Controversy and conflict on a platform is a sign that users have found something worth fighting for. Many users don’t fully know what they want from open virtual worlds yet. Only trial and error will allow them to accept certain tradeoffs. The best format should prioritise the freedom to:
- Experiment in different district models.
- Exit easily with any unique software.
Second Life’s Mistakes
Second life user numbers peaked in 2006 at 1.1m. Surprisingly, in 2015 it still had ” 900,000 active users a month, who received payouts of $60 million in FIAT every year, and a virtual economy that had more than $500 million in GDP..”
Through years of trial and error, the platform managed to create something that people still value to this day, even if growth has tapered off. This is in spite of pixelated characters, ‘griefing’ attacks and wonky controls.
There is a wikipedia page called ‘Criticisms of Second Life’. It is non-exhaustive but gives you an idea of what the main complaints have been. If there is a common theme among them, it is either too much or too little intervention by Linden Labs. What can Decentraland learn from this list?
- Too many new features, not enough fixes of old problems.
- Failure to optimise graphics in the same area leading to overload.
- Unintuitive controls.
- Controversial content ( taboo sex, spam, illegality, bullying etc)
- International law violations – Taxation, illegal content, property rights disputes.
- DDos attacks –
-This includes Grey Goo which are objects which infinitely reproduce, eventually overwhelming the servers. On twitter we saw similar issues with ETH spam bots. In a decentralised system, the hope would be that affected community members create a bug bounty that incentivises developers to stop the Grey Goo equivalent from wrecking Decentraland.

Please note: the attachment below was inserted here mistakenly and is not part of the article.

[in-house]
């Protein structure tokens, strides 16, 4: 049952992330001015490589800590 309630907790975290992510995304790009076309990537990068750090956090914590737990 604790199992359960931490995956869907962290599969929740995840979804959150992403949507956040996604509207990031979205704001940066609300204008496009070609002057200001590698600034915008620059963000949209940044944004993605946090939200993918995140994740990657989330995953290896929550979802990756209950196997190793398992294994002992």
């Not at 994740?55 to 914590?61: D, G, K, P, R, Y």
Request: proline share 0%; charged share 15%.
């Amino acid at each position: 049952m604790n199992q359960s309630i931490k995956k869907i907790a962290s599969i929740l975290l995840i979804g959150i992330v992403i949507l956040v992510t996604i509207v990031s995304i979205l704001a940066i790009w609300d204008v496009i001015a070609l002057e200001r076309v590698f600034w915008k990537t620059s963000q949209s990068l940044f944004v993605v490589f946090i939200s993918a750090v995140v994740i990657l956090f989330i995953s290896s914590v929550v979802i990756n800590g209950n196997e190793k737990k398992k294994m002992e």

New questions for Decentraland
Unlike Second Life, Decentraland is trying to resist central, jurisdictional control which brings up some interesting new questions:
- To what degree will copyright be enforced on an open platform? What will the adjudication process look like? Even if they do verify who created something first via ERC 721, a trusted third party will be needed to decide what the outcome is.
- Dependency on Ethereum. ( I have written seperately about why an ERC-721 standard on Bitcoin would be valuable) Interestingly, the value of LAND in Bitcoin is now being tracked and my guess will be the main unit of account along with USD.
- Voting mechanism corruption potential?
- Blockchain scaling issues.
- District leadership disputes. Limited opportunity for newcomers to invest and stake in districts.
- Rate of decentralisation, i.e. when and how the central team lets go of control.
Exit, Voice and Loyalty
Balaji Srinivasan discusses the idea of voice and exit in this short youtube video. The key message being that it is getting increasingly easy to exit legacy systems for young, mobile workers. Exiting virtual land is even easier. If Decentraland does build a metropolis worth defending, reform (voice) may eventually become more prevalent but for the moment, easy experimentation is probably the higher priority. In his talk he mentions the following examples: